Chris Jones is the president of Plant Therapy, the fastest-growing essential oils company in the nation. He founded the company in 2011 after identifying a need for high-quality, direct-to-consumer essential oils and aromatherapy products. The results have been astoundingly successful, and in 2015, Plant Therapy earned a spot on Inc. Magazine’s “Inc. 500” list as the 31st fastest-growing private company in America.
Yet, the essential oils industry is a far cry from where Chris once saw his life heading. As a young man, he was en route to pursuing a career as an airline pilot when his father became terminally ill. His college education cut short, Chris went home to care for his family and led his father’s fertilizer business.
Since that time, Chris has been a self-employed entrepreneur. He ran several businesses before buying a small beauty products company from his mother-in-law, an aromatherapist. Chris found it challenging to find quality, essential oils for use in the products. Many were overpriced or of low-quality, and most companies sold the oils through multi-level marketing.
Chris was certain there was an increasingly strong market for high-quality essential oils at affordable prices, and in 2011, he launched Plant Therapy. Under Chris’s stewardship, the company has experienced a three-year growth of nearly 8,000% and now has around 35 employees. Plant Therapy has outgrown four commercial spaces and is now planning to have a 40,000-square-foot facility by the end of 2015.
1. How do you define success?
There are lots of different kinds of successes, so such a broad question is hard. I think my ultimate goal is the same as most other people: To find joy. I don’t think success is a destination, but rather a journey. If I am finding true joy (or peace of mind) in my current situation, I would say I am being successful. For financial success, I would say when my passive (investment) income exceeds my living expenses, I am successful.
2. What is the key to success?
I think for both personal and professional success, most of the answers are the same: Treat others how you would like to be treated. Don’t cheat. If you screw up, fess up to it and learn from it. Play fair. Don’t quit just because it’s hard. Be honest. Don’t cut. Try your hardest. Be respectful. It’s okay to fail.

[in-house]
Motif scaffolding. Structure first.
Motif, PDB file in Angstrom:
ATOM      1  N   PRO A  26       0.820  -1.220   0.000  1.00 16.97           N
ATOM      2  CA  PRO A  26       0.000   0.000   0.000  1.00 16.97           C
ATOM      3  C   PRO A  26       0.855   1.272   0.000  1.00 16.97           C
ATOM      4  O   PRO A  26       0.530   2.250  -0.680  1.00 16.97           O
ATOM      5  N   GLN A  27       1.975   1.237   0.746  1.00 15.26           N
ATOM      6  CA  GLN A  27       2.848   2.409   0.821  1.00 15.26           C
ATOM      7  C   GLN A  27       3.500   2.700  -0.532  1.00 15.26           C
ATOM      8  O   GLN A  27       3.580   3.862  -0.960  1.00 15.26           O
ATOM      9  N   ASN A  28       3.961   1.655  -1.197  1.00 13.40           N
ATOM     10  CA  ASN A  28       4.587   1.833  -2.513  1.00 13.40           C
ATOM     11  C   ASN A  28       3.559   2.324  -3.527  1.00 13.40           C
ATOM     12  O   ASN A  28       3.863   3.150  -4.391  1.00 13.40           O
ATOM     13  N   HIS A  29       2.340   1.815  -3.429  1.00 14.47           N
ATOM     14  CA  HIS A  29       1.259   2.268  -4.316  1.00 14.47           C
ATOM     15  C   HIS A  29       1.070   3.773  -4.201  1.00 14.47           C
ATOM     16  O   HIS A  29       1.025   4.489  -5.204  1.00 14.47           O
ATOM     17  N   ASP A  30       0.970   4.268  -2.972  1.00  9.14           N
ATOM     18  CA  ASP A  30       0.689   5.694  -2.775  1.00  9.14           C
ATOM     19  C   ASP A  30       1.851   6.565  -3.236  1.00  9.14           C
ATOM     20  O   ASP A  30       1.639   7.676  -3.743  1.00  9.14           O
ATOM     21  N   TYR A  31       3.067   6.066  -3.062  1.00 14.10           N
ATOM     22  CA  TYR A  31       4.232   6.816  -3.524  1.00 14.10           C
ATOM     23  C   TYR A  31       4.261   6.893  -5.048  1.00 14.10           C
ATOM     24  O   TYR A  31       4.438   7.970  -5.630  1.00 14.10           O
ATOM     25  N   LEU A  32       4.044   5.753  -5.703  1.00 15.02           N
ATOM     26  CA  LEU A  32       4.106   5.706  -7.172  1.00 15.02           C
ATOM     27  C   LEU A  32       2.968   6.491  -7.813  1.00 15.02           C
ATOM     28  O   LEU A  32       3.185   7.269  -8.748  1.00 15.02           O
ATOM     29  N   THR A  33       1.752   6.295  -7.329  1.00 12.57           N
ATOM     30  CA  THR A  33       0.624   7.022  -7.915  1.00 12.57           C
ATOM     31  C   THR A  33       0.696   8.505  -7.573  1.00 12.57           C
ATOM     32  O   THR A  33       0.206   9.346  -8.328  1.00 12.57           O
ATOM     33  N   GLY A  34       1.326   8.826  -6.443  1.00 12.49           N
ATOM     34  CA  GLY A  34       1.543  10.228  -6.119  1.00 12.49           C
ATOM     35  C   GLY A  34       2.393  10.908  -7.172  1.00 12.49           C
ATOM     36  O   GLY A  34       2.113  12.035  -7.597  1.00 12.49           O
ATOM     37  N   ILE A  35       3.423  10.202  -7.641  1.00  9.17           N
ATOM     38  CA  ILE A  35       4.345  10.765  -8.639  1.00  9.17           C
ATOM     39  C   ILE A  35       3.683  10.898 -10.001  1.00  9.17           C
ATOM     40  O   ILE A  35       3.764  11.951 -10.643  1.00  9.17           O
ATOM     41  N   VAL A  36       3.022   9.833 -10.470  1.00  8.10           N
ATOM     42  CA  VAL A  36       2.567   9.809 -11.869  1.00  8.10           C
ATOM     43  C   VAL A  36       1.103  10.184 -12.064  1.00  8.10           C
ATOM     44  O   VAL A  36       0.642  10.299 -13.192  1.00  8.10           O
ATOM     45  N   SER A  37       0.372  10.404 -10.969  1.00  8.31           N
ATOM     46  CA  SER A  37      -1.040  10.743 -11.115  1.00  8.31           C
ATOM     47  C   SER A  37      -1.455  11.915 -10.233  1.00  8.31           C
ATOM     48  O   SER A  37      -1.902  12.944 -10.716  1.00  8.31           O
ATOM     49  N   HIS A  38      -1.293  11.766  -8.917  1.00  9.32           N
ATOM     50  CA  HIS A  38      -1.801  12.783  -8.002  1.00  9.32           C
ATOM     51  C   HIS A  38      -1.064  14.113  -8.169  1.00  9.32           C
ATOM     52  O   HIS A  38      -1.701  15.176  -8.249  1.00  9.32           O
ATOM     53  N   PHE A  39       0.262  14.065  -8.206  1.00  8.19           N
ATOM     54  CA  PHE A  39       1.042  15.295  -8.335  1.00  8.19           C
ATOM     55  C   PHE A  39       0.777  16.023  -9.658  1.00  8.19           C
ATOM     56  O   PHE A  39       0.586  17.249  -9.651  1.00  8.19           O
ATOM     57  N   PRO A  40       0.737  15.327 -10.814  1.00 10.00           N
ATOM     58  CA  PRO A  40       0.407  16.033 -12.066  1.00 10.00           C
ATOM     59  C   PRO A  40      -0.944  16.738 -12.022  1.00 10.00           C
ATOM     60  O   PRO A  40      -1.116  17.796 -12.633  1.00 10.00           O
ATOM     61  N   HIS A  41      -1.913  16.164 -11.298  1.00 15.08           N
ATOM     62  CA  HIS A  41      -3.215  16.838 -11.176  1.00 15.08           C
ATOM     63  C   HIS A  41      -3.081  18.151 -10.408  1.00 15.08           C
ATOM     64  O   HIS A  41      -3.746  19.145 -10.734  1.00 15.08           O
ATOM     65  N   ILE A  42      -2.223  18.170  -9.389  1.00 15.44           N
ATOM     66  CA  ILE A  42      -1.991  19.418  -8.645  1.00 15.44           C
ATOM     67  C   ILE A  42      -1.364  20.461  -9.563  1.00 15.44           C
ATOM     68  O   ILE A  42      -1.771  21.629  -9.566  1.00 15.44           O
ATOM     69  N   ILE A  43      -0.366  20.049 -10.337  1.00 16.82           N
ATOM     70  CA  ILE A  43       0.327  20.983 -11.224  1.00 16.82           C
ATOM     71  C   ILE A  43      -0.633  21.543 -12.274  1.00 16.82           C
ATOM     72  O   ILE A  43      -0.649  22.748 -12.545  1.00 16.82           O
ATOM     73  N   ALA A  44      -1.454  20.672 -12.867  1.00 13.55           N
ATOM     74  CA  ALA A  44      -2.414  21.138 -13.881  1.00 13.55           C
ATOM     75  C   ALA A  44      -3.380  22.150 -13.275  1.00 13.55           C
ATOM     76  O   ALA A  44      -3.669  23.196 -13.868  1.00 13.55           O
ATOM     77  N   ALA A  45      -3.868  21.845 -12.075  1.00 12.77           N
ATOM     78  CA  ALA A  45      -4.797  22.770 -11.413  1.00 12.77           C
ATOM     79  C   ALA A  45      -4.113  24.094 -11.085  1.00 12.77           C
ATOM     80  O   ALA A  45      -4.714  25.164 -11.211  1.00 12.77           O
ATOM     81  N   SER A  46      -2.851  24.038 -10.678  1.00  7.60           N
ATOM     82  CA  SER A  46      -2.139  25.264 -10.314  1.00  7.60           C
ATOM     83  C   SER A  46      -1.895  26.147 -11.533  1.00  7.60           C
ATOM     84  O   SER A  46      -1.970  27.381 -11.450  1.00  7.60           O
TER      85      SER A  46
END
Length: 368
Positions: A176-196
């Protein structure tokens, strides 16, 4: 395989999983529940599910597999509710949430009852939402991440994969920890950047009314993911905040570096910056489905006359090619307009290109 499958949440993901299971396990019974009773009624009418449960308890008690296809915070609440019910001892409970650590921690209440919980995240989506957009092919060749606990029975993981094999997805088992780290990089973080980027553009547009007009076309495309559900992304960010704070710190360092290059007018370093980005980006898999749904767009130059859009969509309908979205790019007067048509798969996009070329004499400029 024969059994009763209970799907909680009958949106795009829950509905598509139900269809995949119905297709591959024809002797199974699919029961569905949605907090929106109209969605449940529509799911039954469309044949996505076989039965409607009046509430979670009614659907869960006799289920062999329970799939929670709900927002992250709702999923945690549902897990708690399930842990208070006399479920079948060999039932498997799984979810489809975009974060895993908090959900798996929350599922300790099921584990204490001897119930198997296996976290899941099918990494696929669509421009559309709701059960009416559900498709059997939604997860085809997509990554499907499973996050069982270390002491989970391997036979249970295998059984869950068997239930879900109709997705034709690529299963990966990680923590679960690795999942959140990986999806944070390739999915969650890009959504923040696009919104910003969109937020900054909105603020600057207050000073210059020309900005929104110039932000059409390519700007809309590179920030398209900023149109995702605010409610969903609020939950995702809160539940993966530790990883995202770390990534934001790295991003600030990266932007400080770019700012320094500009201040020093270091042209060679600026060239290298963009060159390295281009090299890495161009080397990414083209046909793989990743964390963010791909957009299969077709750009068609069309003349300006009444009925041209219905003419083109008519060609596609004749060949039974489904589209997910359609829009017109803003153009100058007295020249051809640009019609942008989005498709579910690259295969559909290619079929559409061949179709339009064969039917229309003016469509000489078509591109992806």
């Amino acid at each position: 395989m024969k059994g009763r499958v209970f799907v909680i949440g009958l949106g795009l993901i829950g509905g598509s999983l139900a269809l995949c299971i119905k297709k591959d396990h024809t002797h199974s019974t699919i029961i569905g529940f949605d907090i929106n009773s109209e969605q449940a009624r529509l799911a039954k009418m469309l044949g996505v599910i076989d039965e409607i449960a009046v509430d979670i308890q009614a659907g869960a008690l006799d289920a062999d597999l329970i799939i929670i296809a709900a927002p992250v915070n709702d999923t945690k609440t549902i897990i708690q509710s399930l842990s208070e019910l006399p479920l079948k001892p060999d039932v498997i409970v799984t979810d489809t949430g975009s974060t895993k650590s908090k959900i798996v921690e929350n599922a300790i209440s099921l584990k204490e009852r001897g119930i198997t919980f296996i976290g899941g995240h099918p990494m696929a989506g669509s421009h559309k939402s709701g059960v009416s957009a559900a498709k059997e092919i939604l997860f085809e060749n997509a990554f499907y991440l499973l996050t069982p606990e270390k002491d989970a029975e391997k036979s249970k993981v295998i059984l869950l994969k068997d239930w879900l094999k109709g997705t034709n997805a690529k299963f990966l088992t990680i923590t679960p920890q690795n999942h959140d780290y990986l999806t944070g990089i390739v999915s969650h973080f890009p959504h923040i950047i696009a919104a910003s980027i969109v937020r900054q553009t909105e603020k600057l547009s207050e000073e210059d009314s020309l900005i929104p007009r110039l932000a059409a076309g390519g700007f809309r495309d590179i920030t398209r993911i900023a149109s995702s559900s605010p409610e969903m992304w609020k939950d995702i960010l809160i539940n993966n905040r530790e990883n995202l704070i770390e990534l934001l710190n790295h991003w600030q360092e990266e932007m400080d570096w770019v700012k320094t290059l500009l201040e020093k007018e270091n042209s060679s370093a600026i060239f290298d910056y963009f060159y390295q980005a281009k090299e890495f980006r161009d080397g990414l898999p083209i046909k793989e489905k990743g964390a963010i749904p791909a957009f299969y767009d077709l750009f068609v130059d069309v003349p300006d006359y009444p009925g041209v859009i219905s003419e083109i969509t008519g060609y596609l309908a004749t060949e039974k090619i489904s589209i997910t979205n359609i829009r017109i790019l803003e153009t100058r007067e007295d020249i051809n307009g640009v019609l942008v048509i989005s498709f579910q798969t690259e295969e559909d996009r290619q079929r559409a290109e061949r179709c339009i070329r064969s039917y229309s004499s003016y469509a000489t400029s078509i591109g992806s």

3. Did you always know you would be successful?
I actually never really thought about it. I never really had a “plan.” I have always just lived my life based on instinct and what was currently going on. When I went to college, I was never a very good student but planned to become an airline pilot (now I am so glad that didn’t pan out). While in school, my self-employed father got sick. We didn’t know what was wrong, but I was the only one that knew anything about his business. I moved home to help him run it while we figured it out. He died of cancer within a couple of months, and I did my best to keep his business afloat. I learned way more about business and life in the next year than I had in my previous 20+ years combined.
4. When faced with adversity, what pushes you to keep moving forward?
I have 3 daughters (soon to be 4) and an incredible wife. They are really my motivation. I have a fear of failure, but it is more of a fear of letting them down, rather than a fear of judgment from others.
5. What is the greatest lesson you’ve ever learned?
That it is okay to be me, flaws and all. I don’t have to try to impress others or live within their confines. As individuals, we have unlimited potential, and once we stop trying to please others all the time or try to keep up with others, life becomes much more enjoyable and fulfilling.
6. What do you enjoy doing in your spare time?
What spare time? Just kidding. My daughters are still young, so they get most of my off work time. We spend the nights and weekends as a family. We enjoy camping and swimming. We spend many winter evenings in the hot tub. I also enjoy golfing and boating, but don’t make as much time for it as I would like.
7. What makes a great leader?
Being able to inspire others. I think it is the leader’s responsibility to make his people feel good about themselves and also help them to find joy in their lives. The vast majority of lessons taught and learned are done strictly through example. People need to talk less and do more.
8. What advice would you give to college students about entering the workforce?
Be open-minded and teachable. I have owned multiple successful businesses, and every single one came as a result of different circumstances in life, not a conscious decision to get into that business. When I got into the essential oil business, it was because I was presented with the opportunity to purchase a very small beauty products company with a minimal investment. I saw an opportunity for growth and jumped on it. You can learn important life lessons from everyone. Don’t discount someone just because you don’t see them as successful.
This interview is an excerpt from Never Give Up by Jason Navallo.